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Patricia Ordaz

Capitol gains

Patricia Ordaz fights for immigrants such as herself as a legislative aide to U.S. Sen. Kamala Harris.

October 26, 2020

By Cory Phare

The video of the Zoom call in which former Vice President Joe Biden asks U.S. Sen. Kamala Harris (D-Calif.) to be his running mate in the 2020 presidential election still makes Patricia Ordaz emotional.

“I don’t think you really sit down to think about what it means to be the first of something,” she said, referring to Harris’ becoming the first woman of color nominated for national office by a major political party. “It definitely opens eyes, especially for other women and people of color, to nurture their ambitions and see someone like them in a position of power.”

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The 26-year-old Metropolitan State University of Denver alumna is a legislative aide for Harris. It’s her job to monitor national and regional developments to help determine the best strategic response to achieve the junior senator from California’s priorities for homeland security, the judiciary and immigration reform. Ordaz also serves on the board of the Congressional Hispanic Staff Association.

Though her work is intentionally separate from campaign operations, Harris’ nomination is no less inspiring, she said.

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“At a time when so many are worried about their communities, their families and their own lives, it’s something that gives you a little bit of hope,” she said.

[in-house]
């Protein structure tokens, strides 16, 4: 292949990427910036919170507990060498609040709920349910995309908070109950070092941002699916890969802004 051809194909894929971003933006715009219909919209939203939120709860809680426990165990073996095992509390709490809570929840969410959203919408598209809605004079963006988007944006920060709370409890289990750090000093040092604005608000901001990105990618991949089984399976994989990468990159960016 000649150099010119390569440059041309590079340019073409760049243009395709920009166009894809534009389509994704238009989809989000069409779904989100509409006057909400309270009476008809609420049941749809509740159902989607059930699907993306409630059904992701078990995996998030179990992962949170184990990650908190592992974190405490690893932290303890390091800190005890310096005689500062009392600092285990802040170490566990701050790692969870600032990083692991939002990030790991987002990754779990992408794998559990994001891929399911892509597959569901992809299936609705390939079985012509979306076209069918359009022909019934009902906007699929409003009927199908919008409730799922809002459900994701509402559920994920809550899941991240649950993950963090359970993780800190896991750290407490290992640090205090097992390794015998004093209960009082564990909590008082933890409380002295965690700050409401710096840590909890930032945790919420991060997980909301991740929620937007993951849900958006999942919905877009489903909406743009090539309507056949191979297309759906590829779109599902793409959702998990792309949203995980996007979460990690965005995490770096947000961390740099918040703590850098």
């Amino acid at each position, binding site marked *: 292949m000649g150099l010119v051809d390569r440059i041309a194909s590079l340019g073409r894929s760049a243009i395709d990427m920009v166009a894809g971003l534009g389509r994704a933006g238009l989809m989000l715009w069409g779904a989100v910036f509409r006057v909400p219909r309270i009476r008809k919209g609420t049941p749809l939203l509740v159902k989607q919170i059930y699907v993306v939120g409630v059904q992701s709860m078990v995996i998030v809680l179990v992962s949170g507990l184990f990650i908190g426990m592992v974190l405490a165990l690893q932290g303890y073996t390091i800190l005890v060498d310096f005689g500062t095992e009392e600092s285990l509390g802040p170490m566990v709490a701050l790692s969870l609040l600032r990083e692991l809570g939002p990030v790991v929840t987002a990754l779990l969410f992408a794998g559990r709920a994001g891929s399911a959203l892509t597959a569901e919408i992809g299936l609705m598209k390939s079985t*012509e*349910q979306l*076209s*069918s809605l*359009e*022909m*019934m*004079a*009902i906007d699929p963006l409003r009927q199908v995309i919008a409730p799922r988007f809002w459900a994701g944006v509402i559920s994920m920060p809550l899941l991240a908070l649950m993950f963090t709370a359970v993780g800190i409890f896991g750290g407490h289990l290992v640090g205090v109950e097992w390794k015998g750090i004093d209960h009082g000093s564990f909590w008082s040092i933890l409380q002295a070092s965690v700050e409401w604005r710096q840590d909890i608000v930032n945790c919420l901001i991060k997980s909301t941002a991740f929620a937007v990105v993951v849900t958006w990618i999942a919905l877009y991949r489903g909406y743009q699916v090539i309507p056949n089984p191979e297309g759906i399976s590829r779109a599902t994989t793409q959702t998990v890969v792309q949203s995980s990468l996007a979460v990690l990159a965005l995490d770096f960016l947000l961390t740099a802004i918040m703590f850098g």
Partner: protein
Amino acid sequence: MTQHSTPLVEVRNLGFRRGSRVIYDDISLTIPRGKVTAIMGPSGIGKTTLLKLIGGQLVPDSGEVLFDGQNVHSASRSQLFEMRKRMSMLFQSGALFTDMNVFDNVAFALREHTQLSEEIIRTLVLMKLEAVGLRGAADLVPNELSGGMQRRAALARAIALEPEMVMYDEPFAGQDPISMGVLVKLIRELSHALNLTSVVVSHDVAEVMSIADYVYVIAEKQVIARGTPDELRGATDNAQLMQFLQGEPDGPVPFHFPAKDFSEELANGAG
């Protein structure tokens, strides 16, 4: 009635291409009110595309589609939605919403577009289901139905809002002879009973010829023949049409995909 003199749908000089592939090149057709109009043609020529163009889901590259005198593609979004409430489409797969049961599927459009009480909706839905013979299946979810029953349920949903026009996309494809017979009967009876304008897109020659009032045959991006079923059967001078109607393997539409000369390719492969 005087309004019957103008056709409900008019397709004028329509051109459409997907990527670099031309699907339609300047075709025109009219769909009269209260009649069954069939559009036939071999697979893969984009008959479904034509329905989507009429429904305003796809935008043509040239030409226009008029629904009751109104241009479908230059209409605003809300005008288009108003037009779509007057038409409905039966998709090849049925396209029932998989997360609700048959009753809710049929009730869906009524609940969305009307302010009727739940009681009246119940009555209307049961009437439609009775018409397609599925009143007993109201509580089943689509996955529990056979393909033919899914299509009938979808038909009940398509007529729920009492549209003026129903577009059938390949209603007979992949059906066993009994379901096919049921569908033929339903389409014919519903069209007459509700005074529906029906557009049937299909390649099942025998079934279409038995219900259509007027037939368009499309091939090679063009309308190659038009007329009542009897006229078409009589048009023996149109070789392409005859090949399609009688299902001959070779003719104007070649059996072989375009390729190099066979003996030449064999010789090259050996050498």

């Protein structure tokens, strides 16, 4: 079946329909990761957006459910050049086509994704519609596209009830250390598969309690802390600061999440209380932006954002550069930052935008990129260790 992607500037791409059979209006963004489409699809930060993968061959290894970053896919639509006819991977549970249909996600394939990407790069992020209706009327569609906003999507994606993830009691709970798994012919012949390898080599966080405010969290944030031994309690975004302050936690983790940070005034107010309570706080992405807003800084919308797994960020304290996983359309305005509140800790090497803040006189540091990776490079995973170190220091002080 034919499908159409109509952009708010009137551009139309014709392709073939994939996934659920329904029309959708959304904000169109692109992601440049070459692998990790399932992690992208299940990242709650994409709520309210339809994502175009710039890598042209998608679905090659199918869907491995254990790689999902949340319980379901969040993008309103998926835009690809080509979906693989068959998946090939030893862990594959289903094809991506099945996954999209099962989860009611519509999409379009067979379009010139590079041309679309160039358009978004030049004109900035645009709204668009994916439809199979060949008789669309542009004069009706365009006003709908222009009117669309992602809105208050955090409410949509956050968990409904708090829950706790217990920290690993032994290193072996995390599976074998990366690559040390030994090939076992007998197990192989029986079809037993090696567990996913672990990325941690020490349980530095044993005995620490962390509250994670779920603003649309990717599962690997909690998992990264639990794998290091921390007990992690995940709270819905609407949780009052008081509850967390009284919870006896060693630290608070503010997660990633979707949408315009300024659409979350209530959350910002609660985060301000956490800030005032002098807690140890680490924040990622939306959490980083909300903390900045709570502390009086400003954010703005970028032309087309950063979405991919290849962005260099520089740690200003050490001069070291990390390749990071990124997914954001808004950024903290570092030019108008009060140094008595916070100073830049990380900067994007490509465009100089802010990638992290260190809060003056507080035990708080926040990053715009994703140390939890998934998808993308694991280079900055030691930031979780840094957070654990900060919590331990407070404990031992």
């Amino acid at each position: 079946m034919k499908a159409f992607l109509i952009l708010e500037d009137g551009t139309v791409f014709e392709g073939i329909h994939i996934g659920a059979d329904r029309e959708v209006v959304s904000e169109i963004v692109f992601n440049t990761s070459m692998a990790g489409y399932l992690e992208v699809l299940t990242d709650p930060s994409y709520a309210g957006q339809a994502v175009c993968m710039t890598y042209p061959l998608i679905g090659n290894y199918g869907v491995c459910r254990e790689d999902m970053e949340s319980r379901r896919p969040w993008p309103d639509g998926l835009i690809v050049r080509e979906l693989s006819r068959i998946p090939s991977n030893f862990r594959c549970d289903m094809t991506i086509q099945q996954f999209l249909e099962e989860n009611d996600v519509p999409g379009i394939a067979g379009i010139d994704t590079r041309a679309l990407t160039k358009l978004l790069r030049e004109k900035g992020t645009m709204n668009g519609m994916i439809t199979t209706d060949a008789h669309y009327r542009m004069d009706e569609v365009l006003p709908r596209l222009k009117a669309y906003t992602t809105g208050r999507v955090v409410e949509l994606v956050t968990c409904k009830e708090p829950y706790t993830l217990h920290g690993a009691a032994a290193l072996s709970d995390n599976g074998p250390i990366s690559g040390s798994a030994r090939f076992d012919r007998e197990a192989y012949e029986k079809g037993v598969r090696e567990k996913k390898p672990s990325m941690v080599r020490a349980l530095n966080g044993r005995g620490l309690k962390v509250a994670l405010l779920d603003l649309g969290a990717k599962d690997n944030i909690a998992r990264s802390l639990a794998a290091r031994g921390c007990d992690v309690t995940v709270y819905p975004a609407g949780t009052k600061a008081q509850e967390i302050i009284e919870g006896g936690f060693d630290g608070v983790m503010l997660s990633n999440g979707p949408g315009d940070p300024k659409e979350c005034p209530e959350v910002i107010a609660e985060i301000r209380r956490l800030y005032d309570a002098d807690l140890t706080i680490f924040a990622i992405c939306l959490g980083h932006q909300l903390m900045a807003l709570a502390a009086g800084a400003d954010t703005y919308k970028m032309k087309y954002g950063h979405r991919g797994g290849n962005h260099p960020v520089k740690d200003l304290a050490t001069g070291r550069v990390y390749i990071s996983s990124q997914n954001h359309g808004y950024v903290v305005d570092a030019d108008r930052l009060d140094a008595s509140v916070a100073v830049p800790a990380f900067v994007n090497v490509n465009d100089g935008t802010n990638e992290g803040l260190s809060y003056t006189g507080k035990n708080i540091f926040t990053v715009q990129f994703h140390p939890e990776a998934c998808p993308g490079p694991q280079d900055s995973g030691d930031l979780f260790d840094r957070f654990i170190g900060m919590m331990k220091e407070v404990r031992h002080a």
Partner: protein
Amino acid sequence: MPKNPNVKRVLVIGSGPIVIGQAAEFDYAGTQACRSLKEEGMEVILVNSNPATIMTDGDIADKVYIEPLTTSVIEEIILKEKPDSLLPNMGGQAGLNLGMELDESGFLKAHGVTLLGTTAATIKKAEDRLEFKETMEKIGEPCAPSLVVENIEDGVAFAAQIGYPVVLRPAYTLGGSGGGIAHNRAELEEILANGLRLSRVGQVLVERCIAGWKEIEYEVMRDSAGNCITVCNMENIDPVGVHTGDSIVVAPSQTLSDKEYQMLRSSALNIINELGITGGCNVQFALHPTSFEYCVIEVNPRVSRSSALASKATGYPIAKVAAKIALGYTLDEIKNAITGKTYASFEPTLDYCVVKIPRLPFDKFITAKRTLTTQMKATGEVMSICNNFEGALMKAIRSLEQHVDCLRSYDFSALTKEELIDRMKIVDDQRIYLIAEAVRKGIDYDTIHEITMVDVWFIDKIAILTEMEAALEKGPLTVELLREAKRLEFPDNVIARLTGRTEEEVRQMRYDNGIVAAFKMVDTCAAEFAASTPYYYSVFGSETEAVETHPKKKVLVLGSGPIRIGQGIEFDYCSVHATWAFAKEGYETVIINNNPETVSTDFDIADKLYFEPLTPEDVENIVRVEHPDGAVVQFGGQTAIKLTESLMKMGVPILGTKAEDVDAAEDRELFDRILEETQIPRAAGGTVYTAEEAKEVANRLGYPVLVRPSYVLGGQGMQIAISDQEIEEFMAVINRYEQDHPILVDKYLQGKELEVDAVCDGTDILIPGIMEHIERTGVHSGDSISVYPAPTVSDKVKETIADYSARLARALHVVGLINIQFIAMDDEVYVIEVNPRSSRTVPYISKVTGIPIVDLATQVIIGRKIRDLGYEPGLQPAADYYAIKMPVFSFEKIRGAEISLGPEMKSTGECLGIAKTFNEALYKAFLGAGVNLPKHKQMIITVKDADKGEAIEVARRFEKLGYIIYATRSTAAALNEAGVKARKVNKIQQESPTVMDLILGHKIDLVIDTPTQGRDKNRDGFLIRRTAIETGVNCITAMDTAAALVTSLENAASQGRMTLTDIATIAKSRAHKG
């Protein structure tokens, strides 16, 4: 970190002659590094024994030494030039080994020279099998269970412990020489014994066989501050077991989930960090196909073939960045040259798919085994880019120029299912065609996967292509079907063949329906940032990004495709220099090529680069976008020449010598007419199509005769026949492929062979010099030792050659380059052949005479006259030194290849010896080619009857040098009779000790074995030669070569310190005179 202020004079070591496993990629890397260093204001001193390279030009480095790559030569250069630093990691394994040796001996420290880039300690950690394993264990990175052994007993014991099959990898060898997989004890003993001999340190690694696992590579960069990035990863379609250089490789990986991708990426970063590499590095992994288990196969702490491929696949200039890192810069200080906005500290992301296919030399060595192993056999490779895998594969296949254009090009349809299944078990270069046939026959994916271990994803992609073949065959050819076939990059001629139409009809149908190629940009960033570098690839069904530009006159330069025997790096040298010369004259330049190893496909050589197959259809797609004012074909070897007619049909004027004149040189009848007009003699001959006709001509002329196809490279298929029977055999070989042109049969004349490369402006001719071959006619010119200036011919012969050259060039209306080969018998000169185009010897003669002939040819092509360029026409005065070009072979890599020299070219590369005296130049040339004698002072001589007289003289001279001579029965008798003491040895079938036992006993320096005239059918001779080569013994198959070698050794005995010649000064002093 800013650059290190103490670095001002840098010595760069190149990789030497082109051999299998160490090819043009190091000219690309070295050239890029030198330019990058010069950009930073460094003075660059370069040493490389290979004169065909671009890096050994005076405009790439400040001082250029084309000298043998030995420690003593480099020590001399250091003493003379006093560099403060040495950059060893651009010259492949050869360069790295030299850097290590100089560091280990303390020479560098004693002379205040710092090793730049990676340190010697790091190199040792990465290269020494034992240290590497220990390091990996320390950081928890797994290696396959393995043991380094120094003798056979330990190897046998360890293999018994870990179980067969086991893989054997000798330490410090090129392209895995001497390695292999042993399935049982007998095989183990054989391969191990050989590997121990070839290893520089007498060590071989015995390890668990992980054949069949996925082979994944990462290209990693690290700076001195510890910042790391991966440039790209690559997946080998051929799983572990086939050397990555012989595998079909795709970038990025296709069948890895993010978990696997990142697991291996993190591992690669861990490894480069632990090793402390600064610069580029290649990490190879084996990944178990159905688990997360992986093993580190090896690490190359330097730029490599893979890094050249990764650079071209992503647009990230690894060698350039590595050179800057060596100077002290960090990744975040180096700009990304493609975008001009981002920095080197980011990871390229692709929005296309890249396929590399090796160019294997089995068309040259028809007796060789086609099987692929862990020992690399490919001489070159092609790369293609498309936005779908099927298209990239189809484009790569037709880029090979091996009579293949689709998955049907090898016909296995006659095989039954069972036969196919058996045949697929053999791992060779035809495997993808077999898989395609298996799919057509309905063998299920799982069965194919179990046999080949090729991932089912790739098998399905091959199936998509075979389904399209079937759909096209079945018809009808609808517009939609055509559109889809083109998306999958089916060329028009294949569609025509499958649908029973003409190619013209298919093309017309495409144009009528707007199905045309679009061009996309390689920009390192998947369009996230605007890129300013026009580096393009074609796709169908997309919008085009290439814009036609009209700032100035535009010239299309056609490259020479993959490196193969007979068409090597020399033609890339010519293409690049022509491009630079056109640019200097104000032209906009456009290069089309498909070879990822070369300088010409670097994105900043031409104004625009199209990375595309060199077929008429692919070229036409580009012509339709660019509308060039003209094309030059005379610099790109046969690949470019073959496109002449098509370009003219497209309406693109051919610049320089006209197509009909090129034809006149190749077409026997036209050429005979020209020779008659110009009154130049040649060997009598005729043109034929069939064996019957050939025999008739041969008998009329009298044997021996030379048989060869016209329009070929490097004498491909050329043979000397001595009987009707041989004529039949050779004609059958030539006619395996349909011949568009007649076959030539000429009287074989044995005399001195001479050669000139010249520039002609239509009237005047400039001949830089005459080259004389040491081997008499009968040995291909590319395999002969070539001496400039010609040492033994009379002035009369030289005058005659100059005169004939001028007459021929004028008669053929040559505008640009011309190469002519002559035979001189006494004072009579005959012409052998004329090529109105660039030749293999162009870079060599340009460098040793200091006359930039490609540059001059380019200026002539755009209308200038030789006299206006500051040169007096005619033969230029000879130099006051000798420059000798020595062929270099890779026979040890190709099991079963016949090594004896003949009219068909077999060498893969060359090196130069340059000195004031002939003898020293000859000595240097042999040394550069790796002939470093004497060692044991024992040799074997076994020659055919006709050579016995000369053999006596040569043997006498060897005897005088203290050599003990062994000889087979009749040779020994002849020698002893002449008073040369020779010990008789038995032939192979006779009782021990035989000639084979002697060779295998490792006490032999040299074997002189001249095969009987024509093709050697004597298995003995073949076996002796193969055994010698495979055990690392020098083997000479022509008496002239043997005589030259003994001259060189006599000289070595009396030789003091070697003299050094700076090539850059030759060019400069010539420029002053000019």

Ordaz’s ascent to a position in Harris’ office itself represents a culmination of a series of firsts. Her parents brought Ordaz to Colorado from Mexico when she was 6, and she was a first-generation college student at MSU Denver in 2014 when she finally received her green card. Before finishing her degree in political science in 2015, Ordaz served as president of the Student Government Assembly, helping to push through the 2013 Colorado Advancing Students for a Stronger Economy Tomorrow (ASSET) bill, which extended in-state college tuition to qualified undocumented Colorado high school graduates.

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MSU Denver provided an inclusive space where she felt valued as a Latinx student, Ordaz said.

“I took that perspective to heart and brought it here,” she said.

“Here” is the U.S. Capitol, which she first reached as an intern in the office of U.S. Sen. Michael Bennet (D-Colo.), a position she landed with the assistance of the Congressional Hispanic Caucus Institute’s internship program and her political-science professors at MSU Denver.

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She was accepted for the internship with two classes left to graduate, she recalled. Then Robert Preuhs, Ph.D., professor and chair of the Department of Political Science, stepped in to work with her and make sure she could take the job and finish her degree.

“He said, ‘That sounds like a great opportunity; let’s figure out how to get you to D.C. and still help you graduate,’” Ordaz said. “Without that flexibility, I don’t think I’d be here where I am today.”

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